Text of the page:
The Pride Of Montresor

813 Words 4 Pages
Of the many flaws that all of humanity exhibits, pride is certainly among them. Pride can be defined as a high or ordinate opinion of one’s own dignity or importance. Though in most cases pride is considered inappropriate, there are some times when it is seen as normal or even acceptable to obtain pride. This kind of pride being “authentic pride” (Wubben, De Cramer, Van Dijk ). For example, when one secures a long awaited promotion in their job, or when a parent watches their son or daughter excel in an area for the first time--these are times when being prideful is seen as normal. However, there are certain situations in life when possessing pride is seen as distasteful or inappropriate. This kind of pride being “hubristic pride” (Wubben, …show more content…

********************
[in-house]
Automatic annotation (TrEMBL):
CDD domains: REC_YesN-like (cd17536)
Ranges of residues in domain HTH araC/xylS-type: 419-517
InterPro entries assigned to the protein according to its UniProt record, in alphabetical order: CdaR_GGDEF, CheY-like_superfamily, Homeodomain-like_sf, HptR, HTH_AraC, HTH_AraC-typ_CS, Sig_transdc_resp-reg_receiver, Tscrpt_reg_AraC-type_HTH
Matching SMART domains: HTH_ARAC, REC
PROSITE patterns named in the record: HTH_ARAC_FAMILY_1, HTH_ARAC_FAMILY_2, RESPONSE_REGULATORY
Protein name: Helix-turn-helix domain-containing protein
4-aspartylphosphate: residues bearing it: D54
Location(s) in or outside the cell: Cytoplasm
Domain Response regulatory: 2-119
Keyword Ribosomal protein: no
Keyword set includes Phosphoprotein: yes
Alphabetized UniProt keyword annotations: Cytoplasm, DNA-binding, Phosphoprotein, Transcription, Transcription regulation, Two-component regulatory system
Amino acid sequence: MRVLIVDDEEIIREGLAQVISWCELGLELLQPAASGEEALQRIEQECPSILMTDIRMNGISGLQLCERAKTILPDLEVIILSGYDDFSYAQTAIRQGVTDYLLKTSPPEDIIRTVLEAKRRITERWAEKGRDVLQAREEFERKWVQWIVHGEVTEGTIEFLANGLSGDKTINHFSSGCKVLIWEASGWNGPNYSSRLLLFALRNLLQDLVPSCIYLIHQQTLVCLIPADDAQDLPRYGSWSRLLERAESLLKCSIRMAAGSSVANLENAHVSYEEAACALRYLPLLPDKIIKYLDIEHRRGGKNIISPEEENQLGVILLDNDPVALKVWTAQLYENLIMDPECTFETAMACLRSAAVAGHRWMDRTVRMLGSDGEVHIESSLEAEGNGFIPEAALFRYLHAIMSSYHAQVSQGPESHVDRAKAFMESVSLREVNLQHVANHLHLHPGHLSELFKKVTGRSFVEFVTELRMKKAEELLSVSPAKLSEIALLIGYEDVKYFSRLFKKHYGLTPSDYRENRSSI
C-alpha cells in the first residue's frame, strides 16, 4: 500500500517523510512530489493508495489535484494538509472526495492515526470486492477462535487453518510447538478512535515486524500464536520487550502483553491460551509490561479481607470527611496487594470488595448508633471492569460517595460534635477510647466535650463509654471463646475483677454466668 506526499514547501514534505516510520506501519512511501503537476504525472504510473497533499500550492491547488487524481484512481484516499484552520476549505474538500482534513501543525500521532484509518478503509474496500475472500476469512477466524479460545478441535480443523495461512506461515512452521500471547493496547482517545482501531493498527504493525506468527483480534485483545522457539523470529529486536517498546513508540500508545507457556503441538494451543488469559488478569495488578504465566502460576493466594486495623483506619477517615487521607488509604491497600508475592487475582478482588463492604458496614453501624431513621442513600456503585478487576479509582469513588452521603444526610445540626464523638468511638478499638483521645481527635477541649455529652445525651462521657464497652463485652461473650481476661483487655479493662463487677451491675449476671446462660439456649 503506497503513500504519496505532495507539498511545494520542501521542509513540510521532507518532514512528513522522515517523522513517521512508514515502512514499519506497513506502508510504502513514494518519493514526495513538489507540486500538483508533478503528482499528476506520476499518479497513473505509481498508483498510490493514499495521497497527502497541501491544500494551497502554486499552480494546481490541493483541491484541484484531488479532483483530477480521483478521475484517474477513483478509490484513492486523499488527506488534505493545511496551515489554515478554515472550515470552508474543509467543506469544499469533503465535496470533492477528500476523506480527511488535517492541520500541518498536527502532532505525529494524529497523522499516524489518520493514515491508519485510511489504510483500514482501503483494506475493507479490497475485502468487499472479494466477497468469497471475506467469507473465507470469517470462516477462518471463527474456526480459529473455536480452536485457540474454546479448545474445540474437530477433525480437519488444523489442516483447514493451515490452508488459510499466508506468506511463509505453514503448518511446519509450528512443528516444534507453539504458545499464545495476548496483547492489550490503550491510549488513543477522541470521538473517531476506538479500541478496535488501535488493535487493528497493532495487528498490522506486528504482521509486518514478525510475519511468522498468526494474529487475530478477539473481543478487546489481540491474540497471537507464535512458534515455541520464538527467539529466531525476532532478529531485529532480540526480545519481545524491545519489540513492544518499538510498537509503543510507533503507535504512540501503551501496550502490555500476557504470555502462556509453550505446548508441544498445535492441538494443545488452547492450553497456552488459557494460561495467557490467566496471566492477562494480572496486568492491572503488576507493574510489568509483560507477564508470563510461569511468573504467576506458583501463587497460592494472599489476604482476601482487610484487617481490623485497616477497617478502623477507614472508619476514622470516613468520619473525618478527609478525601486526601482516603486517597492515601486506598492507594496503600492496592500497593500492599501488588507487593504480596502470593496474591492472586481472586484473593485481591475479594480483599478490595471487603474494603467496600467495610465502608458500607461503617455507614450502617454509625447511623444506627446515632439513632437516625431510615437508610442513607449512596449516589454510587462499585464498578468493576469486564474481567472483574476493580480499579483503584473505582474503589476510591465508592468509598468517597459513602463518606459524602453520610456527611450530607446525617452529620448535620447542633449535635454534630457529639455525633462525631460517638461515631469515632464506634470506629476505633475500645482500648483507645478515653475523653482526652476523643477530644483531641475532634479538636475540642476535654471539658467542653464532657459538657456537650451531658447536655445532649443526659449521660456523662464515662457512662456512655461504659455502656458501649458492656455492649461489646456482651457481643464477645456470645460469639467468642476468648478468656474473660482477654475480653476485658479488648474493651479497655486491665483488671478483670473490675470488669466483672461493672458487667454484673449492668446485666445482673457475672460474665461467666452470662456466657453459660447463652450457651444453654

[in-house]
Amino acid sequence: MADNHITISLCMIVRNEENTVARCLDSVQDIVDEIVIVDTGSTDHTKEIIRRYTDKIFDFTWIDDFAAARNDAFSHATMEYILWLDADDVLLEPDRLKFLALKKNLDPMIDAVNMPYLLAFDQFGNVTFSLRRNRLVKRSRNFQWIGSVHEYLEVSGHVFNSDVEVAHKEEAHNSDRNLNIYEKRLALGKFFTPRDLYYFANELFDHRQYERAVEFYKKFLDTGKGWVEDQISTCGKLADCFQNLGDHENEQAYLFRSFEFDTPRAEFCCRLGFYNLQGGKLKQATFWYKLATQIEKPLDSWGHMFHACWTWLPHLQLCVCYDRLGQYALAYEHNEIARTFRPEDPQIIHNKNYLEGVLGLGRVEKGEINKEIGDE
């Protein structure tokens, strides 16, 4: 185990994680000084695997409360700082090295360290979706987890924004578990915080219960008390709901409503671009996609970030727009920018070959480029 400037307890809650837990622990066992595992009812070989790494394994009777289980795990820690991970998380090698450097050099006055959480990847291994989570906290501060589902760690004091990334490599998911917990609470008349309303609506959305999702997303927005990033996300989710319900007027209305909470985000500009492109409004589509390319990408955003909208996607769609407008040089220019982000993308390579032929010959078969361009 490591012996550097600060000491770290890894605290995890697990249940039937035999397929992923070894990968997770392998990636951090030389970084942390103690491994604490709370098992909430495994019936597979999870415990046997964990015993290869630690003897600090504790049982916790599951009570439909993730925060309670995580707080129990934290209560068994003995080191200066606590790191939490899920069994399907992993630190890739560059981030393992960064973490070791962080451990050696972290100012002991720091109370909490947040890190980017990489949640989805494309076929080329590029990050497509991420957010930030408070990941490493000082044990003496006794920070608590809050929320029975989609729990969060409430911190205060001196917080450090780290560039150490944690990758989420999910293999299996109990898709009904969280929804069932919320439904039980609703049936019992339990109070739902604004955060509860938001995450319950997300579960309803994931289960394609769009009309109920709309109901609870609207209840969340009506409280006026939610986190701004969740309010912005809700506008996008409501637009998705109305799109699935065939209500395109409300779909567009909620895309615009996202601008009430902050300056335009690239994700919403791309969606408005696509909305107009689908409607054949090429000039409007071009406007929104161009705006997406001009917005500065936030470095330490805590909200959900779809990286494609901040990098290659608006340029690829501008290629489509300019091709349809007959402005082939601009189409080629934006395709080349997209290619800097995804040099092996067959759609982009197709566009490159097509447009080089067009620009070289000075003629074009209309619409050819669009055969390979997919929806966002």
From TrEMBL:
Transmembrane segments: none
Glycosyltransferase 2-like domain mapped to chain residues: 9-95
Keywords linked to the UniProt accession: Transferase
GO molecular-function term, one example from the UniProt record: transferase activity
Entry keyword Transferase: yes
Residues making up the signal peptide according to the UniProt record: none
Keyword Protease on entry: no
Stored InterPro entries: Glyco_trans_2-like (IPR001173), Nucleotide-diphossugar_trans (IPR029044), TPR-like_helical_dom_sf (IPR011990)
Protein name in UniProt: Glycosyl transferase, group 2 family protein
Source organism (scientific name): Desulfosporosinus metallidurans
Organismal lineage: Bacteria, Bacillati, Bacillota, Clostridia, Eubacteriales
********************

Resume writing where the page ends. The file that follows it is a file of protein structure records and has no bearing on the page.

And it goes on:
Montresor is at a carnival where masks, costumes, and disguises are worn when another man, Fortunato, started to “insult” (226) him. The insulting does not go over well with Montresor, so he vows that he will seek revenge on Fortunato. In order to carry out his vow to get revenge, Montresor first acts innocent towards Fortunato by complimenting how well he looks and by calling Fortunato a “dear” and his “friend.” Along with the complimenting and endearments, Montresor also bluntly lies to Fortunato about purchasing an expensive wine, Amontillado, knowing how fond Fortunato is of alcohol. Montresor claims that he is going to see a man by the name of Luchesi to check the wine for him. Reacting exactly how Montresor hoped he would, Fortunato gets defensive and claims that he knows wine better than Luchesi. With that, the two head off to Montresor’s burial chamber where the wine purchased by Montresor supposedly is. What Fortunato does not know yet, is that Montresor is actually taking him to the chamber to murder him. Fortunato is completely oblivious to what is going on around him, making Montresor’s plan even easier. It can be inferred that Fortunato has some amount of trust in Montresor, or he would not agree to go to the damp and cold vaults just the two of them so easily. The irony in this situation stems from the fact that Montresor referred to Fortunato his ‘friend’. Obviously, this is not the

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